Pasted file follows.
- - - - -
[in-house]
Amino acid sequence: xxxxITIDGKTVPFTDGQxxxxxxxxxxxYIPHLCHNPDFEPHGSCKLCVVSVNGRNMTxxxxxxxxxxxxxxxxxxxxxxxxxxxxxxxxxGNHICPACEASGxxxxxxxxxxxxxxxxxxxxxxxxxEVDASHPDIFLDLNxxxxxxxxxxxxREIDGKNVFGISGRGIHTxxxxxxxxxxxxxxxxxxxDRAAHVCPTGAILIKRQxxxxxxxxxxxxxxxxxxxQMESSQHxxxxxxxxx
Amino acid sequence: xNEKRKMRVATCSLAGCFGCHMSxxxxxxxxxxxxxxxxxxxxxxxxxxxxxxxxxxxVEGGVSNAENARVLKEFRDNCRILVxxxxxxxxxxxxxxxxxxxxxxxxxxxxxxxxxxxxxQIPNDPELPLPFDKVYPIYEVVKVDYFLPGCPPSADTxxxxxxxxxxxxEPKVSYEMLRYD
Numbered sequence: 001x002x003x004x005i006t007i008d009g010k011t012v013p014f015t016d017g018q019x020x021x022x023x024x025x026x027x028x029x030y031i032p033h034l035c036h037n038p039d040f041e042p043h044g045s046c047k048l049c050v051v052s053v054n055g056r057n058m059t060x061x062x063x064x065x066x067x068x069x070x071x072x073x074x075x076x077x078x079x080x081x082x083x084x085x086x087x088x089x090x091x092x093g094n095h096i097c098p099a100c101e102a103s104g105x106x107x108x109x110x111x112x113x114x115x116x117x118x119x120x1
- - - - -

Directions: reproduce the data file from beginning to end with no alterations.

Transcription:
[in-house]
Amino acid sequence: xxxxITIDGKTVPFTDGQxxxxxxxxxxxYIPHLCHNPDFEPHGSCKLCVVSVNGRNMTxxxxxxxxxxxxxxxxxxxxxxxxxxxxxxxxxGNHICPACEASGxxxxxxxxxxxxxxxxxxxxxxxxxEVDASHPDIFLDLNxxxxxxxxxxxxREIDGKNVFGISGRGIHTxxxxxxxxxxxxxxxxxxxDRAAHVCPTGAILIKRQxxxxxxxxxxxxxxxxxxxQMESSQHxxxxxxxxx
Amino acid sequence: xNEKRKMRVATCSLAGCFGCHMSxxxxxxxxxxxxxxxxxxxxxxxxxxxxxxxxxxxVEGGVSNAENARVLKEFRDNCRILVxxxxxxxxxxxxxxxxxxxxxxxxxxxxxxxxxxxxxQIPNDPELPLPFDKVYPIYEVVKVDYFLPGCPPSADTxxxxxxxxxxxxEPKVSYEMLRYD
Numbered sequence: 001x002x003x004x005i006t007i008d009g010k011t012v013p014f015t016d017g018q019x020x021x022x023x024x025x026x027x028x029x030y031i032p033h034l035c036h037n038p039d040f041e042p043h044g045s046c047k048l049c050v051v052s053v054n055g056r057n058m059t060x061x062x063x064x065x066x067x068x069x070x071x072x073x074x075x076x077x078x079x080x081x082x083x084x085x086x087x088x089x090x091x092x093g094n095h096i097c098p099a100c101e102a103s104g105x106x107x108x109x110x111x112x113x114x115x116x117x118x119x120x1